Swine Flu Vaccine on the North Shore: What You Need to Know

The swine flu vaccine has started arriving in Chicagoland and will be available to some people in area clinics, as well as some doctors offices, pharmacies and schools in the coming weeks.


Here’s what you need to know to get prepared and why the swine flu isn’t worth freaking out about.

The Vaccine

Priority groups that will first be able to get the vaccine—which comes two forms, a nasal spray and an injection—include youth ages 6 months to 24 years, people ages 24-65 with health conditions associated with high risk of complications from influenza, pregnant women, caregivers and household contacts of children under 6 months old and health care and emergency services providers.

The elderly are less likely to be at risk because they may be carrying immunity from exposure to similar flu strains in the past.

If you’re an adult and you’re thinking about getting a seasonal flu shot, go ahead and do it. If you have the opportunity to get the H1N1 vaccine later, you can do that, too.

Where to get it

Clinic locations have not yet been listed yet for most North Shore suburbs by the Cook County and Lake County Boards of Health. Check these Web sites, or call these numbers, for updates:



You can also call the flu hotline:

Cook County: 708-492-2828

Lake County: 847.377.8350

Illinois: 866-848-2094

The Skokie Public Health Department has launched a campaign to vaccine children in all public, private and day care centers, and you can learn more here.

Other resources:

The CDC’s H1N1 vaccine page: www.cdc.gov/h1n1flu/vaccination

Ready Illinois H1N1 page: www.idph.state.il.us/h1n1_flu

The federal government’s H1N1 page: www.flu.gov

Most Swine Flu Cases Are Mild

“It’s very similar to the influenza we’re used to, that’s the good news,” says Dr. Kim Seipel Carrow of Winnetka, who has a lot of experience with swine flu from her practice at the Northwestern’s Student Health Center in Evanston. “The bad news is, it’s very contagious. It’s spreading like wildfire.”

Carrow stresses that the vast majority of cases she’s seen in adults are mild—1-2 days of fever, maybe some vomiting and 3-4 days of coughing. So, it’s much like any other flu virus, really.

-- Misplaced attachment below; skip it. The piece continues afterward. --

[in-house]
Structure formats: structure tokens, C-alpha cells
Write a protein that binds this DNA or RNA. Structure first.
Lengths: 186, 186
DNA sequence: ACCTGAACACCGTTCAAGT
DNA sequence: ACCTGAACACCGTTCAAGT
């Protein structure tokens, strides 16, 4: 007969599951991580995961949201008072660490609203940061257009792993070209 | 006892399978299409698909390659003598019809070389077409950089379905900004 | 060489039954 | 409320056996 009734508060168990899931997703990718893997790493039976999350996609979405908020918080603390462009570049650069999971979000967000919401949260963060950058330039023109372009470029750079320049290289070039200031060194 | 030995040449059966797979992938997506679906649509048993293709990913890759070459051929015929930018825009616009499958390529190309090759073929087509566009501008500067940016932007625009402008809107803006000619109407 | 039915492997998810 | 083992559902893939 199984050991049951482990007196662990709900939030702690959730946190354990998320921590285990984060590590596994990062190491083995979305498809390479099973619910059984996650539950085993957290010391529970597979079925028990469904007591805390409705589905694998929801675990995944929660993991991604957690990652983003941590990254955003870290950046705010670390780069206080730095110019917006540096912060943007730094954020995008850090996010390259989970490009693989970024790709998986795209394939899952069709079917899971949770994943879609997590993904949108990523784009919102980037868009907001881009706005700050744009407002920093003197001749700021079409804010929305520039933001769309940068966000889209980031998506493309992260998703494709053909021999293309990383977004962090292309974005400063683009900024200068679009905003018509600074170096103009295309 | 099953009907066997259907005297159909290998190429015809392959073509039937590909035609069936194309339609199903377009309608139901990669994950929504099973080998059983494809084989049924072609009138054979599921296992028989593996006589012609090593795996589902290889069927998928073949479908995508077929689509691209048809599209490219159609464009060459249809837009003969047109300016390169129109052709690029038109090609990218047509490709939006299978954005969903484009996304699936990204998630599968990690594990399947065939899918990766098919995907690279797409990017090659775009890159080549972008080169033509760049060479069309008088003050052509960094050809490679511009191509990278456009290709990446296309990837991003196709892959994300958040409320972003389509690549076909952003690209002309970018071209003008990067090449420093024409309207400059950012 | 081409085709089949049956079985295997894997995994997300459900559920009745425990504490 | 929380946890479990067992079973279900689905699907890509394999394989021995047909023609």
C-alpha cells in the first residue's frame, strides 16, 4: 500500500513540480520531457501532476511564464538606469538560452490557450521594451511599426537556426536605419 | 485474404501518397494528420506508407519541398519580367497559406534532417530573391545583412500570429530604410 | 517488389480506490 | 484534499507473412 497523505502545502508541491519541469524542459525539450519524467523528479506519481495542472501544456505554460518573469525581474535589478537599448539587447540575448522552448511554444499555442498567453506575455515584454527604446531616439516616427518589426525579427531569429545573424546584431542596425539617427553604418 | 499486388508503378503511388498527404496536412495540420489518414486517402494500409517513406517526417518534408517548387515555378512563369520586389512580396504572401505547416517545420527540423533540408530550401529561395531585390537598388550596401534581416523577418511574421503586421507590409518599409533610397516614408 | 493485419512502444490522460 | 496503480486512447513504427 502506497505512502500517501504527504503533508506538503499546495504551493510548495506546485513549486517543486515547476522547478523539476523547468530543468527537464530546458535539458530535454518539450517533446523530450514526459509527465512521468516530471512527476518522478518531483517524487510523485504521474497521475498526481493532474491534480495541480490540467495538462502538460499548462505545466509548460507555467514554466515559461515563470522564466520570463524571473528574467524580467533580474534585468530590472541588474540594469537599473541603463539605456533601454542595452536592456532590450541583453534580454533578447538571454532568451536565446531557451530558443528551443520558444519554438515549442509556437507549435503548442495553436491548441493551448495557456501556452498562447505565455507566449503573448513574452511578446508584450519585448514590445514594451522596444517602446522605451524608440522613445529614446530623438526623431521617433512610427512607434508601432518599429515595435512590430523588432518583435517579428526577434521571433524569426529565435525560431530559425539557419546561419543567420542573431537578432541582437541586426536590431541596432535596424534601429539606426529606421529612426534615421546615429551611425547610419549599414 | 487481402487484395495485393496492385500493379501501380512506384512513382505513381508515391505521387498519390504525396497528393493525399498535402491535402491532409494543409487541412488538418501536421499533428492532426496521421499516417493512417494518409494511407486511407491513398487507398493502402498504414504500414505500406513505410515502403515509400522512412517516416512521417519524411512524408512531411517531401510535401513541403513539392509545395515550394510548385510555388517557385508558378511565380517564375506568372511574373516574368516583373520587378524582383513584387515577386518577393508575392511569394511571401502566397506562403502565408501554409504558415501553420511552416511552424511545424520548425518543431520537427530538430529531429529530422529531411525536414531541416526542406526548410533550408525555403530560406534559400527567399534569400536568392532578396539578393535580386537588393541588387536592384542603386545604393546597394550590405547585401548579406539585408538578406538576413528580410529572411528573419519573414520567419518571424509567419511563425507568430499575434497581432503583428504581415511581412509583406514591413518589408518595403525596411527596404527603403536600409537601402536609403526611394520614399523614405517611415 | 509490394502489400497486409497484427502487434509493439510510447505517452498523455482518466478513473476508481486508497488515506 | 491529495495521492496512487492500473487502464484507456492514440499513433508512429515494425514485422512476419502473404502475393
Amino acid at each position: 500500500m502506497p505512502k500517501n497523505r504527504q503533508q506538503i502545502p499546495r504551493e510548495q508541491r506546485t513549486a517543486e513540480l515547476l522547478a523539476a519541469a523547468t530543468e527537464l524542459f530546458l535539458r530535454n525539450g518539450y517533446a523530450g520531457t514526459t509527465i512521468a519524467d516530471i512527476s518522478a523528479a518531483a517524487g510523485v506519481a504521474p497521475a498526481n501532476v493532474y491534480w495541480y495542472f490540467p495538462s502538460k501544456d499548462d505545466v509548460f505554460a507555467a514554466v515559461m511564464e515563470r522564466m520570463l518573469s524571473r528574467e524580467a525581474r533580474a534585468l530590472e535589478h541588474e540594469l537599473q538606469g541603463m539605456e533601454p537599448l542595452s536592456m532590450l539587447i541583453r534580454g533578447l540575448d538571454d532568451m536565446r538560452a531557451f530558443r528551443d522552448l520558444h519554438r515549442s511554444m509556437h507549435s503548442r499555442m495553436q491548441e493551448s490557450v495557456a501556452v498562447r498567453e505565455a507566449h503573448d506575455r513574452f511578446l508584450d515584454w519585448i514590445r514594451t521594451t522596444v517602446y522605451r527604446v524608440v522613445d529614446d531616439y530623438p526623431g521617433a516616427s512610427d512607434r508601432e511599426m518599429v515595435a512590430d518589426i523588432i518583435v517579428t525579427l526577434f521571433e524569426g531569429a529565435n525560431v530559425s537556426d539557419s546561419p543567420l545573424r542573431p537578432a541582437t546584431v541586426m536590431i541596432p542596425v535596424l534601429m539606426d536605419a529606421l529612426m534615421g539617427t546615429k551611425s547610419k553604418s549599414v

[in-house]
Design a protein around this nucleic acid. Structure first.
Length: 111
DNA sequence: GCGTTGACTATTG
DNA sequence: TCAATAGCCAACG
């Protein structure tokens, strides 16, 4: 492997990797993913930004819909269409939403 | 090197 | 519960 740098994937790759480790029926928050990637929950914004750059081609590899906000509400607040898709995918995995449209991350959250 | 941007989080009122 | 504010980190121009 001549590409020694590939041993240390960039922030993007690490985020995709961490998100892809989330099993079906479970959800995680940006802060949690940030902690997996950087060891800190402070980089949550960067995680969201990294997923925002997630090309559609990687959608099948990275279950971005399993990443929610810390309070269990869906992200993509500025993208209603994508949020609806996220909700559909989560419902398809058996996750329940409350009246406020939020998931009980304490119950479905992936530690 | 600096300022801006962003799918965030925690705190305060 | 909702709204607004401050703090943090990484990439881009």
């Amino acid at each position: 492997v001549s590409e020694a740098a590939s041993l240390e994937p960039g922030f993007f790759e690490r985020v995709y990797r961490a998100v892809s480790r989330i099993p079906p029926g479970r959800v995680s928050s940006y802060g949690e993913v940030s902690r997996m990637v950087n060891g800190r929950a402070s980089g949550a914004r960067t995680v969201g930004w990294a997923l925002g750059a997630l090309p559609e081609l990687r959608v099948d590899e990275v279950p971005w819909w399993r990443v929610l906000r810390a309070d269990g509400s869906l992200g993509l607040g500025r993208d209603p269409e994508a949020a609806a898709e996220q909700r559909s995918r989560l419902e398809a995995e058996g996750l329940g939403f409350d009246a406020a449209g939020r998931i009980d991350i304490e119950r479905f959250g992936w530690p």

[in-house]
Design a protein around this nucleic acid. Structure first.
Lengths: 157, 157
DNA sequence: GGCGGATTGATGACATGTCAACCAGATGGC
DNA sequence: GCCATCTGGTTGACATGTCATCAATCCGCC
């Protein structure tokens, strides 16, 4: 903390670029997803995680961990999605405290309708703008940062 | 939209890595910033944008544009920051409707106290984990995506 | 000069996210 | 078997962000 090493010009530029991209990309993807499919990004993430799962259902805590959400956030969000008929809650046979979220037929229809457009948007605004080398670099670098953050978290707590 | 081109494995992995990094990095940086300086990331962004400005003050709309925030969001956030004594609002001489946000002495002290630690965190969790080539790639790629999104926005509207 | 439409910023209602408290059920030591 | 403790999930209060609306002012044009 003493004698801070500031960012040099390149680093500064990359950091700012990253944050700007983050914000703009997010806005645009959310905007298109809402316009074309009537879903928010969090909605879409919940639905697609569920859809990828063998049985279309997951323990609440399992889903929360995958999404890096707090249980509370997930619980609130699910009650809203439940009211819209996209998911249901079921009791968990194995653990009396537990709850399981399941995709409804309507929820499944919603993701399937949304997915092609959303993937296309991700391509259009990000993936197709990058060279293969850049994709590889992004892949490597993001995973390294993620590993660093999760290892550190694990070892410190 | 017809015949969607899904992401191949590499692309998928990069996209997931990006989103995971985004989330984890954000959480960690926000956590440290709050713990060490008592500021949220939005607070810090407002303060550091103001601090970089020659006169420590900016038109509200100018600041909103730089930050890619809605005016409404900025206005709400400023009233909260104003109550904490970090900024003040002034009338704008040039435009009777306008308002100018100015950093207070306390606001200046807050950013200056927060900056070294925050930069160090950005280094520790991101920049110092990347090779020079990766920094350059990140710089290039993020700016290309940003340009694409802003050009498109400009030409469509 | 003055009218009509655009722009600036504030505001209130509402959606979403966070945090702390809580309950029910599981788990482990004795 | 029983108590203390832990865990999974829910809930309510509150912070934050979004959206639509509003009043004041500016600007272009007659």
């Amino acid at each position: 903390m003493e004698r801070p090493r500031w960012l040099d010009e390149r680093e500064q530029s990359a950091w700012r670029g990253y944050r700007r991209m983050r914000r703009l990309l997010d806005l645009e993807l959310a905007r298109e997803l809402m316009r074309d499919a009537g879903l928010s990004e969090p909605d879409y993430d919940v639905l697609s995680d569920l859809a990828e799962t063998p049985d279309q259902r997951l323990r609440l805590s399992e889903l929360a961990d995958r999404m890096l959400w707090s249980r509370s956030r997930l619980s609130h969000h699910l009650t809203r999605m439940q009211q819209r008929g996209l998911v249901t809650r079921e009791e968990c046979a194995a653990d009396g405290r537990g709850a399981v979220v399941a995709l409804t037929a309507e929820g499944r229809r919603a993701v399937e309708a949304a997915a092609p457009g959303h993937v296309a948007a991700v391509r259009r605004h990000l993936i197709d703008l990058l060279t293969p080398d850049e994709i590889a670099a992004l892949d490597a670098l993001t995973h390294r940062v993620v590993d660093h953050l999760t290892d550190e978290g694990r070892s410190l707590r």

Individuals younger than 2 and older than 65, or those with compromised immune systems due to diabetes, serious asthma or other conditions, are the ones who should be treated with antiviral drugs. Otherwise, Carrow doesn’t treat most cases, she says.

Healthy Habits around the House

If you aren’t in the at-risk group and can’t get the vaccine yet, there’s never been a better time to establish habits that will keep you and your family healthy. Mibs got the following tips and precautions from Dr. Mary MacGregor of St. Francis Hospital in Evanston, an infectious disease expert, and Joel Africk, executive director of the Respiratory Health Association of Greater Metropolitan Chicago and a Wilmette resident:

  • Don’t panic and call your doctor to ask for antiviral drugs. Most of the cases of swine flu in the U.S. have been mild.
  • Practice good basic hygiene, and talk about it with your kids over the dinner table. Wash your hands frequently with soap and water and put hand sanitizers in gathering area.
  • Put some alcohol wipes by the phone that everyone uses in the kitchen, and use them to keep it clean.
  • Cover your nose and mouth with a tissue when you cough or sneeze. Throw the tissue in the trash after you use it.
  • Try to avoid close contact with sick people.
  • If your kids do get sick, keep them home from school. If you get sick, stay home, too, to prevent the illness from spreading. If you or someone in your family develops symptoms of swine flu (which are similar to normal flu symptoms), see a doctor.
  • There is no need for the general public to wear masks. In some cases, masks may be recommended for health care workers and people (including family members) who come in close contact with swine flu patients.

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